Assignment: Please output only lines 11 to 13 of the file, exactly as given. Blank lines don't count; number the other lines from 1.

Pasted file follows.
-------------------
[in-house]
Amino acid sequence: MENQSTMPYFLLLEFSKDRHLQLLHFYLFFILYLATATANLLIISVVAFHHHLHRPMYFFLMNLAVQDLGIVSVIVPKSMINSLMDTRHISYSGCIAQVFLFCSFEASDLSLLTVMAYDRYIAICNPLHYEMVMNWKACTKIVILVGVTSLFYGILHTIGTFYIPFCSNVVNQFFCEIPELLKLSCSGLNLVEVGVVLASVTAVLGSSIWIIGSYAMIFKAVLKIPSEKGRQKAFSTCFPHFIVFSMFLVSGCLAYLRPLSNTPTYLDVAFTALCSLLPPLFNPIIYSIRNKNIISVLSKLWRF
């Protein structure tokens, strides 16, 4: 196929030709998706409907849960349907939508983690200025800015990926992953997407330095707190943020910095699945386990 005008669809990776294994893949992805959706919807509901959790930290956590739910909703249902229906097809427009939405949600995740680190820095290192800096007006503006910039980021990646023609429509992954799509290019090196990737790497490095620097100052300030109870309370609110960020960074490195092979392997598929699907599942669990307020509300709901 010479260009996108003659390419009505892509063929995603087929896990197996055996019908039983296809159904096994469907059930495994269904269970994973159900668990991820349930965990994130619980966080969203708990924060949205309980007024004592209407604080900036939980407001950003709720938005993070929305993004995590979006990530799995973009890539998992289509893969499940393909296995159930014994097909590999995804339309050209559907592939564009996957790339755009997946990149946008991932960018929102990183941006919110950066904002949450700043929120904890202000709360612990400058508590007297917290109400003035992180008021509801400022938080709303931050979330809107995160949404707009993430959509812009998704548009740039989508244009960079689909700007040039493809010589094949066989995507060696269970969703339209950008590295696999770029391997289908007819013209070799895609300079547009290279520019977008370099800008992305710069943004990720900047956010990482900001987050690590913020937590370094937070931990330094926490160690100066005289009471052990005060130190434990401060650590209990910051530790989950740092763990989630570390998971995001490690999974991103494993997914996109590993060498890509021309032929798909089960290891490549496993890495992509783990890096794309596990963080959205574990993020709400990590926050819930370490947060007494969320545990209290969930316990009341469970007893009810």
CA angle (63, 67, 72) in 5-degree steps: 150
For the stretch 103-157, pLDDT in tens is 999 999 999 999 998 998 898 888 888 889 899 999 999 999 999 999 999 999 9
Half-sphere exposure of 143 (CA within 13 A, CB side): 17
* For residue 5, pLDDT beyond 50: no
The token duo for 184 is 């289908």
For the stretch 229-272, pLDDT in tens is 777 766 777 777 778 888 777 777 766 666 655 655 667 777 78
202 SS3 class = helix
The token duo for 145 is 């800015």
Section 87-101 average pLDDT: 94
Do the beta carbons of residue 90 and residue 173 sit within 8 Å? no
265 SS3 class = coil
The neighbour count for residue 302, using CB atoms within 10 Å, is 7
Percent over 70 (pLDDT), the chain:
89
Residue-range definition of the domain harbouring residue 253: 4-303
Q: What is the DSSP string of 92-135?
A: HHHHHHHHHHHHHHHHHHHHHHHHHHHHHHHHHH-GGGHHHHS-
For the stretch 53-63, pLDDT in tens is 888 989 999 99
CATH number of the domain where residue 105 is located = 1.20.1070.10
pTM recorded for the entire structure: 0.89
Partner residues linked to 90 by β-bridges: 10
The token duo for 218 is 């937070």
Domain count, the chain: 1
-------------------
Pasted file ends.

The token duo for 145 is 């800015």
Section 87-101 average pLDDT: 94
Do the beta carbons of residue 90 and residue 173 sit within 8 Å? no